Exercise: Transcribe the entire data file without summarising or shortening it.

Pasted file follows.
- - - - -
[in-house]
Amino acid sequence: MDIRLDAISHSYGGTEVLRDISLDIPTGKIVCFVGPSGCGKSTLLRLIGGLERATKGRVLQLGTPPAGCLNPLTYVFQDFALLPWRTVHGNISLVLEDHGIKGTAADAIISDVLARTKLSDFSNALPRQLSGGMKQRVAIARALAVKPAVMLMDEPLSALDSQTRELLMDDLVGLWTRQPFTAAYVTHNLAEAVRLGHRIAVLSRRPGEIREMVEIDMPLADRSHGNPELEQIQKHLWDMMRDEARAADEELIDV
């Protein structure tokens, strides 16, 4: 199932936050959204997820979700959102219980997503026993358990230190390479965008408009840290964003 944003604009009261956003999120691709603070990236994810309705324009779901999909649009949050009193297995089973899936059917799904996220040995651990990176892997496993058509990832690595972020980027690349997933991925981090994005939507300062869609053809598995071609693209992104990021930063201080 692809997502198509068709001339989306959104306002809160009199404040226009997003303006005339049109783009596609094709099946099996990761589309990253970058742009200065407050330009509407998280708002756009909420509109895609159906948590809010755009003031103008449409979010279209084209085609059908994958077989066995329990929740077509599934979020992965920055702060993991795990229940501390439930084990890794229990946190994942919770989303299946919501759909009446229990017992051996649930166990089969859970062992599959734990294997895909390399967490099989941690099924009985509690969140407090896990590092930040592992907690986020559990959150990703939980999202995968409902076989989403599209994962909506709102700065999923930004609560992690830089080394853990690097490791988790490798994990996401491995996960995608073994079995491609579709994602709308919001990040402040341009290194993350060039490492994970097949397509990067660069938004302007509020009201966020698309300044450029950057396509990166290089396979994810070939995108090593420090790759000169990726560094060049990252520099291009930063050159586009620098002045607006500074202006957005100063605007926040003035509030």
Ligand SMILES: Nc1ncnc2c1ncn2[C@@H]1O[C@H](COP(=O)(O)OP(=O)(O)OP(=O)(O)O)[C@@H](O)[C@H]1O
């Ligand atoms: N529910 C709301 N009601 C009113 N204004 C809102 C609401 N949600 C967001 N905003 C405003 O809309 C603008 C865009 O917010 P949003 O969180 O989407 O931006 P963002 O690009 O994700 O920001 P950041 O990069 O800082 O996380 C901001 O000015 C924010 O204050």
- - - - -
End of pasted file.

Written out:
[in-house]
Amino acid sequence: MDIRLDAISHSYGGTEVLRDISLDIPTGKIVCFVGPSGCGKSTLLRLIGGLERATKGRVLQLGTPPAGCLNPLTYVFQDFALLPWRTVHGNISLVLEDHGIKGTAADAIISDVLARTKLSDFSNALPRQLSGGMKQRVAIARALAVKPAVMLMDEPLSALDSQTRELLMDDLVGLWTRQPFTAAYVTHNLAEAVRLGHRIAVLSRRPGEIREMVEIDMPLADRSHGNPELEQIQKHLWDMMRDEARAADEELIDV
């Protein structure tokens, strides 16, 4: 199932936050959204997820979700959102219980997503026993358990230190390479965008408009840290964003 944003604009009261956003999120691709603070990236994810309705324009779901999909649009949050009193297995089973899936059917799904996220040995651990990176892997496993058509990832690595972020980027690349997933991925981090994005939507300062869609053809598995071609693209992104990021930063201080 692809997502198509068709001339989306959104306002809160009199404040226009997003303006005339049109783009596609094709099946099996990761589309990253970058742009200065407050330009509407998280708002756009909420509109895609159906948590809010755009003031103008449409979010279209084209085609059908994958077989066995329990929740077509599934979020992965920055702060993991795990229940501390439930084990890794229990946190994942919770989303299946919501759909009446229990017992051996649930166990089969859970062992599959734990294997895909390399967490099989941690099924009985509690969140407090896990590092930040592992907690986020559990959150990703939980999202995968409902076989989403599209994962909506709102700065999923930004609560992690830089080394853990690097490791988790490798994990996401491995996960995608073994079995491609579709994602709308919001990040402040341009290194993350060039490492994970097949397509990067660069938004302007509020009201966020698309300044450029950057396509990166290089396979994810070939995108090593420090790759000169990726560094060049990252520099291009930063050159586009620098002045607006500074202006957005100063605007926040003035509030």
Ligand SMILES: Nc1ncnc2c1ncn2[C@@H]1O[C@H](COP(=O)(O)OP(=O)(O)OP(=O)(O)O)[C@@H](O)[C@H]1O
């Ligand atoms: N529910 C709301 N009601 C009113 N204004 C809102 C609401 N949600 C967001 N905003 C405003 O809309 C603008 C865009 O917010 P949003 O969180 O989407 O931006 P963002 O690009 O994700 O920001 P950041 O990069 O800082 O996380 C901001 O000015 C924010 O204050």